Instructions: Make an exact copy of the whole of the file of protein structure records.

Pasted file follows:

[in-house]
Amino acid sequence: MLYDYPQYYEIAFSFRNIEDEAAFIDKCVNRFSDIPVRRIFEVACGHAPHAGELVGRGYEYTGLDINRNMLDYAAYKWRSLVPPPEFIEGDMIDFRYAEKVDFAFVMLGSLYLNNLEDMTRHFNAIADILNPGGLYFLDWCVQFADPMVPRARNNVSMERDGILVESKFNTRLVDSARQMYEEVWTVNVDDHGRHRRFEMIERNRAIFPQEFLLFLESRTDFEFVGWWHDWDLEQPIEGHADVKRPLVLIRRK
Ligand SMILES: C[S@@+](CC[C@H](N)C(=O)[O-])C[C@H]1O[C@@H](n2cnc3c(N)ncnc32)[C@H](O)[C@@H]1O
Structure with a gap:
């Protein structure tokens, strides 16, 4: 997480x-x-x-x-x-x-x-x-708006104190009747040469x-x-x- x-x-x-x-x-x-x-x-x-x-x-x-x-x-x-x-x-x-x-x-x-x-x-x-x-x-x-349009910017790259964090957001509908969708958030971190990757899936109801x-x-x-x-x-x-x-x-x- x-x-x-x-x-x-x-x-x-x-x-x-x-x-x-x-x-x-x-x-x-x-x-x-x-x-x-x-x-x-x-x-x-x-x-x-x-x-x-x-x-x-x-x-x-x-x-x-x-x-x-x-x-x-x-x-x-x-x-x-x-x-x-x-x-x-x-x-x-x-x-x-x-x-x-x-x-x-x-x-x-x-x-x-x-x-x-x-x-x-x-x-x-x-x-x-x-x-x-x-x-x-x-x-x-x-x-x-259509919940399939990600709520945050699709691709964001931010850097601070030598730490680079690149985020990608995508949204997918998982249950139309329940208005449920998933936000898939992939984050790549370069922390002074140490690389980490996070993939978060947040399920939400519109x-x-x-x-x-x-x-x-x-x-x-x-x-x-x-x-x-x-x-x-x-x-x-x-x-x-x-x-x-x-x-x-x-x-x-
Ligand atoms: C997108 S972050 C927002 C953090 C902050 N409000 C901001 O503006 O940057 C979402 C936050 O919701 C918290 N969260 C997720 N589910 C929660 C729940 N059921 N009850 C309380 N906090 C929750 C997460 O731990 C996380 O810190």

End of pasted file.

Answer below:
[in-house]
Amino acid sequence: MLYDYPQYYEIAFSFRNIEDEAAFIDKCVNRFSDIPVRRIFEVACGHAPHAGELVGRGYEYTGLDINRNMLDYAAYKWRSLVPPPEFIEGDMIDFRYAEKVDFAFVMLGSLYLNNLEDMTRHFNAIADILNPGGLYFLDWCVQFADPMVPRARNNVSMERDGILVESKFNTRLVDSARQMYEEVWTVNVDDHGRHRRFEMIERNRAIFPQEFLLFLESRTDFEFVGWWHDWDLEQPIEGHADVKRPLVLIRRK
Ligand SMILES: C[S@@+](CC[C@H](N)C(=O)[O-])C[C@H]1O[C@@H](n2cnc3c(N)ncnc32)[C@H](O)[C@@H]1O
Structure with a gap:
């Protein structure tokens, strides 16, 4: 997480x-x-x-x-x-x-x-x-708006104190009747040469x-x-x- x-x-x-x-x-x-x-x-x-x-x-x-x-x-x-x-x-x-x-x-x-x-x-x-x-x-x-349009910017790259964090957001509908969708958030971190990757899936109801x-x-x-x-x-x-x-x-x- x-x-x-x-x-x-x-x-x-x-x-x-x-x-x-x-x-x-x-x-x-x-x-x-x-x-x-x-x-x-x-x-x-x-x-x-x-x-x-x-x-x-x-x-x-x-x-x-x-x-x-x-x-x-x-x-x-x-x-x-x-x-x-x-x-x-x-x-x-x-x-x-x-x-x-x-x-x-x-x-x-x-x-x-x-x-x-x-x-x-x-x-x-x-x-x-x-x-x-x-x-x-x-x-x-x-x-x-259509919940399939990600709520945050699709691709964001931010850097601070030598730490680079690149985020990608995508949204997918998982249950139309329940208005449920998933936000898939992939984050790549370069922390002074140490690389980490996070993939978060947040399920939400519109x-x-x-x-x-x-x-x-x-x-x-x-x-x-x-x-x-x-x-x-x-x-x-x-x-x-x-x-x-x-x-x-x-x-x-
Ligand atoms: C997108 S972050 C927002 C953090 C902050 N409000 C901001 O503006 O940057 C979402 C936050 O919701 C918290 N969260 C997720 N589910 C929660 C729940 N059921 N009850 C309380 N906090 C929750 C997460 O731990 C996380 O810190």